1902 Encyclopedia > Marmot


MARMOT. The word marmot may be considered to include animals belonging to the three following genera:— the true marmots, forming the genus Arctomys (" bear-mouse "), so called from the thickset, bear-like form of its members ; the prairie marmots of North America, better known as the "prairie dogs" (Cynomys, "dog-mouse"); and the pouched marmots, or sousliks, comprising the genus Spermophilus, or seed-lovers, so named from the character of their food. These three genera are all closely allied to each other, and together form the subfamily Arctomyinas of the great squirrel family, the Sciuridx, of which the only other subfamily, the Sciurinx, consists of the true squirrels (Sciurus) and the flying-squirrels (Ptero-mys). The members of the marmot subfamily are con-fined to the northern hemisphere, and in fact are almost entirely limited to the north temperate zone, in marked contrast to the genera of the subfamily Sciurinse, which attain their greatest development in tropical or semi-tropical countries.

The Arctomyinee agree in the possession of somewhat short, stumpy bodies, comparatively short tails (except in certain sousliks), and long and powerful claws suitable for burrowing. They all have broad, strong, and ungrooved incisors or cutting teeth, two pairs of premolars above and one below, and three pairs of true molars in each jaw. The grinding teeth are all on the whole very similar, the first upper premolar much smaller than the others, and nearly round, the next three teeth triangular in outline, and each with either two or three transverse grooves upon the crown ; the last molar is rather broader and more com-plicated than the others, as is shown in fig. 2. The general form of the skeleton is very similar to that of the true squirrels, but the bones as a rule are stouter and heavier.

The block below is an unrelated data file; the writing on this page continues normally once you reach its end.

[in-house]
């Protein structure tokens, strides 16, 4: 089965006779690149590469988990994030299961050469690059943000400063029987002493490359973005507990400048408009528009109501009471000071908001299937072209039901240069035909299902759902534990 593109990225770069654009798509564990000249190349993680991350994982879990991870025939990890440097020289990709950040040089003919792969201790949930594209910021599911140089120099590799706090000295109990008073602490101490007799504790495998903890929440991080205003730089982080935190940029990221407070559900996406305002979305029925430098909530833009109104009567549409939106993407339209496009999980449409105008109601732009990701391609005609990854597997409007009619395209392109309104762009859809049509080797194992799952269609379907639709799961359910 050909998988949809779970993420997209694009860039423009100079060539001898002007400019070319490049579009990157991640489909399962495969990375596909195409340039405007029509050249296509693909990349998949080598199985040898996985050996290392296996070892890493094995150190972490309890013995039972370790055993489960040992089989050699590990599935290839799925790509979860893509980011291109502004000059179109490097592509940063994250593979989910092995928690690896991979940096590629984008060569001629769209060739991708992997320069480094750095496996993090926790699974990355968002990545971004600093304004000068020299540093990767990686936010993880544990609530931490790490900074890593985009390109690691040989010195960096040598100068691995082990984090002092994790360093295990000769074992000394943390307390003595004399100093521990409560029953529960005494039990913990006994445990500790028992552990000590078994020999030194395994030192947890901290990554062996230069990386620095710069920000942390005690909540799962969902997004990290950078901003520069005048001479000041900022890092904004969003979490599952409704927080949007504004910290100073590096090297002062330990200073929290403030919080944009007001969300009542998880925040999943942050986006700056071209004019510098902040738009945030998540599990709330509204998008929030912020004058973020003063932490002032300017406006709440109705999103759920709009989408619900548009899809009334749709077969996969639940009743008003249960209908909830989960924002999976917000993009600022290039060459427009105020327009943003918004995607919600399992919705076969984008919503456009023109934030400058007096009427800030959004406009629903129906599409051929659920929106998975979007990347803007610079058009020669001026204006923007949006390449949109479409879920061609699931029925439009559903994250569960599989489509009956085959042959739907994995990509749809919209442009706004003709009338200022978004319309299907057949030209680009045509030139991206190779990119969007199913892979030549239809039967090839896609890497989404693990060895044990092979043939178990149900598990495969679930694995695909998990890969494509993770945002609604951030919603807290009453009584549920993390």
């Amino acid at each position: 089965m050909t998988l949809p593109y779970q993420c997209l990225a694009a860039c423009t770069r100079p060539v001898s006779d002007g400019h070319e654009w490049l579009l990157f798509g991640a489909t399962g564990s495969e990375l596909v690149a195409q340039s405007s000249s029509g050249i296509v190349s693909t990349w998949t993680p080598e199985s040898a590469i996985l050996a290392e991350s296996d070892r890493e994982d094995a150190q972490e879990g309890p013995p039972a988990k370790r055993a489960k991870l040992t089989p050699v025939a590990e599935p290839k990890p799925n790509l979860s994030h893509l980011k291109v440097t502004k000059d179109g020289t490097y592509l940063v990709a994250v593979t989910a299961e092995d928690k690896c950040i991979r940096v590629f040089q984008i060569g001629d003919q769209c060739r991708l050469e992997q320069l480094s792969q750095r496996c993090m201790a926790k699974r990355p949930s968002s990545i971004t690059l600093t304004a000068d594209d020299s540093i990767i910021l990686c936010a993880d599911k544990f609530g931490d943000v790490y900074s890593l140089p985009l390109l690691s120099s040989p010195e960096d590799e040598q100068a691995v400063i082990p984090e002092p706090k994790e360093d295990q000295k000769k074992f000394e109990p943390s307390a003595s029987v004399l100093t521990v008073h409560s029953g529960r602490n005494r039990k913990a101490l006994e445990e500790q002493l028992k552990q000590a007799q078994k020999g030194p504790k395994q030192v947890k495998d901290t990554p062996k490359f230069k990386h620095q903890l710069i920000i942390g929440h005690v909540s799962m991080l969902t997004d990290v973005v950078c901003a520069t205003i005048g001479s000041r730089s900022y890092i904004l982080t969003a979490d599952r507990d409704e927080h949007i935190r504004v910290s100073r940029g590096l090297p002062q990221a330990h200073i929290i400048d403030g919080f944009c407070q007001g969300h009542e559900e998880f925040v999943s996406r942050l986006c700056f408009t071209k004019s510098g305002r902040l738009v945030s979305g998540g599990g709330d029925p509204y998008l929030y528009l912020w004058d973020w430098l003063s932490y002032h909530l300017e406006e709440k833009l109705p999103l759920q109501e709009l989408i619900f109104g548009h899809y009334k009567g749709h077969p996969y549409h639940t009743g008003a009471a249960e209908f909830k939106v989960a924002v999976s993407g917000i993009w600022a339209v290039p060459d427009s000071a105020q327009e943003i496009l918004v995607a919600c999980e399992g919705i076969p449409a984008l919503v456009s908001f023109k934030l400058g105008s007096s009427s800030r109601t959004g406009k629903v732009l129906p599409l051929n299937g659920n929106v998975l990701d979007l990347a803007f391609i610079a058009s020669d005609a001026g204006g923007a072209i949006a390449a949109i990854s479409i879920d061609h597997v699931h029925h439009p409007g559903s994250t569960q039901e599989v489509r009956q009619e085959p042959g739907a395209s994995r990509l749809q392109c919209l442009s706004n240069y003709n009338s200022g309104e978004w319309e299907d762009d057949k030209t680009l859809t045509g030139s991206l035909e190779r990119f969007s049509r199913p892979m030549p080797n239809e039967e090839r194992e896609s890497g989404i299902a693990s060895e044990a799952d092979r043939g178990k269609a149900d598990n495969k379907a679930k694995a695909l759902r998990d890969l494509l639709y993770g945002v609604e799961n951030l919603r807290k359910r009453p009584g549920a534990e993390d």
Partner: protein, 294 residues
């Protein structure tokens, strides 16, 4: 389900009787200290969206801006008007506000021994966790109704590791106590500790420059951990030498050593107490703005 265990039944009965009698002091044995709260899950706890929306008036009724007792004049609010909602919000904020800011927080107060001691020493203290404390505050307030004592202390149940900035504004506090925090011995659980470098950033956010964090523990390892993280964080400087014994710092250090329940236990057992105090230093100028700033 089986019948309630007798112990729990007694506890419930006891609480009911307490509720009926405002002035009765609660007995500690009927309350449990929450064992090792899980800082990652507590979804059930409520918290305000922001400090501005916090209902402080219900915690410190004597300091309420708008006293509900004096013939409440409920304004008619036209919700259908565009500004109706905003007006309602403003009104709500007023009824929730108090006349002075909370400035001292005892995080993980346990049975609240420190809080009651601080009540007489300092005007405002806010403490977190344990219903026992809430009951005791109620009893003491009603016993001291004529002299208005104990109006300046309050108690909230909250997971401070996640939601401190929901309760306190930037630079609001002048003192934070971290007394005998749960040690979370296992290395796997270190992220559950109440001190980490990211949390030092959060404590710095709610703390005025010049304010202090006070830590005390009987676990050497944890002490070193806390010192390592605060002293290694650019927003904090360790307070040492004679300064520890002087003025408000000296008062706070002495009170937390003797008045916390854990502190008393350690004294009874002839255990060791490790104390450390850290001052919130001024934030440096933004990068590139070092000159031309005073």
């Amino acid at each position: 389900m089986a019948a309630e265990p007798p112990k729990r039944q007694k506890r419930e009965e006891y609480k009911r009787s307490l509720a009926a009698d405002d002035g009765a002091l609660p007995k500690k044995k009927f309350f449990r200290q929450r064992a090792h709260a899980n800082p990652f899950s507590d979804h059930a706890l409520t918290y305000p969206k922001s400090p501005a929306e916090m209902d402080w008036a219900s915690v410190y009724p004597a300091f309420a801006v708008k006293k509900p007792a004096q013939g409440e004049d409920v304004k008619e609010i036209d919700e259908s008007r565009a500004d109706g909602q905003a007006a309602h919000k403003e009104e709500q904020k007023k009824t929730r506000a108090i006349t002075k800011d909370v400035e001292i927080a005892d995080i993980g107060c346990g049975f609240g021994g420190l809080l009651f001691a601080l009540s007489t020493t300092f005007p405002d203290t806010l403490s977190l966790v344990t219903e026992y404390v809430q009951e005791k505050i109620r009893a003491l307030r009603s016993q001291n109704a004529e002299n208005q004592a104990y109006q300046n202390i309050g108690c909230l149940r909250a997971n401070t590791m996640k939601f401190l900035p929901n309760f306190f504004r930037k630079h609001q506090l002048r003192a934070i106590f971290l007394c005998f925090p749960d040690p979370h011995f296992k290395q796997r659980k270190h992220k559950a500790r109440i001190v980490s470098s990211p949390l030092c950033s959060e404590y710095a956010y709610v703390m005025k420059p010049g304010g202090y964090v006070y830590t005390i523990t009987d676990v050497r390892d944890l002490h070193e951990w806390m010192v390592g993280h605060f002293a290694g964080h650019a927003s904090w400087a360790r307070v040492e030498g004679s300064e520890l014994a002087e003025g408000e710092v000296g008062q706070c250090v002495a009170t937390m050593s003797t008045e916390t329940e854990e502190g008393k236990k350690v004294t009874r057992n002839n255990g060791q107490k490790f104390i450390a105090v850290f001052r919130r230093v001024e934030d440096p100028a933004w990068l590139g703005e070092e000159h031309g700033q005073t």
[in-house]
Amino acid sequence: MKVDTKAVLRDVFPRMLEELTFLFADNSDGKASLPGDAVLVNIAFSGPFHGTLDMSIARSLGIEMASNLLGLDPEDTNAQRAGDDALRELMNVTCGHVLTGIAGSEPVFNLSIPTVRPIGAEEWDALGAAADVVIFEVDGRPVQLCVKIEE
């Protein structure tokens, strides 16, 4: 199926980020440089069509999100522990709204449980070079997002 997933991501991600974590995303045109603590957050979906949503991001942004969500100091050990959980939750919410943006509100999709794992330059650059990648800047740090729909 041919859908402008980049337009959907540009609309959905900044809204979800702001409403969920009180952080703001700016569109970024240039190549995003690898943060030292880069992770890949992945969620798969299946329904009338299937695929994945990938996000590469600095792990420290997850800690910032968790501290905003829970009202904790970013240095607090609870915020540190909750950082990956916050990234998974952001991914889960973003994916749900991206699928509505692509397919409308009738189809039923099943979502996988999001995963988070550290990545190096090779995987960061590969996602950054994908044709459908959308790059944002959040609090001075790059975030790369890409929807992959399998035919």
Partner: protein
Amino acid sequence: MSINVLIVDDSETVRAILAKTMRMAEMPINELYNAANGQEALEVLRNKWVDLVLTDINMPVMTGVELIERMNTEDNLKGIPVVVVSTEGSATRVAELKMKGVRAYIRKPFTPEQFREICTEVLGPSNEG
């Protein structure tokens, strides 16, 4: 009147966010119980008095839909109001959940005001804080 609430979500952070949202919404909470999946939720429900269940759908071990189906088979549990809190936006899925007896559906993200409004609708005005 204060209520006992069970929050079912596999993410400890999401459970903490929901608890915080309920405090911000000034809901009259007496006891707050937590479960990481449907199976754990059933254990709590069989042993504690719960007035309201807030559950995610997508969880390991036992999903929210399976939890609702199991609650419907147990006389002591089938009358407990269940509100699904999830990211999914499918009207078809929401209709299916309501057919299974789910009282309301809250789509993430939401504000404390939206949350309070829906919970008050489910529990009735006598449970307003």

1. The following are the generic characters of Arctomys. External form stout and heavy, ears short, tail short and hairy, cheek-pouches rudimentary or absent. Fore feet with four well-developed toes, and a rudimentary thumb provided with a flat nail; skull (see MAMMALIA, p. 417, fig. 92) similar in general form to that of the other genera, but very much larger and heavier, the post-orbital processes stouter, and at right angles to the axis of the skull. In-cisors broad and powerful. First upper premolar nearly as large as the second. Molar series nearly parallel, scarcely converging behind at all.

The various species of marmot, about ten in number, are all much alike in general appearance, ranging in size from about 15 to 25 inches in length, with tails from 3 to 6 inches long. The following are the species now generally recognized, though the Central-Asiatic forms are still very imperfectly known :—

Arctomys marmotta, Linn., southern Europe, the Alps, Pyrenees, and Carpathians; A. bobac, Schreb., eastern Europe and Siberia; A. himalayanus, Hodgs., south-west Tibet; A. Tiemachalanus, Hodgs., Nepal; A. caudatus, Jacquemont, Cashmere; A. dichrous, Anderson, Afghanistan ; A. aureus, Blanford, Turkestan; A. monax, Linn., eastern North America ; A. flaviventer, Aud. and Bach, western United States ; A. pruinosus, Gmeh, north-western North America.

It will thus be seen that one species only is peculiar to Europe, and three to North America, while at least six, and perhaps more, are found in various parts of Central Asia,— one of these, A. bobac, occurring also as far west as Russia and eastern Germany.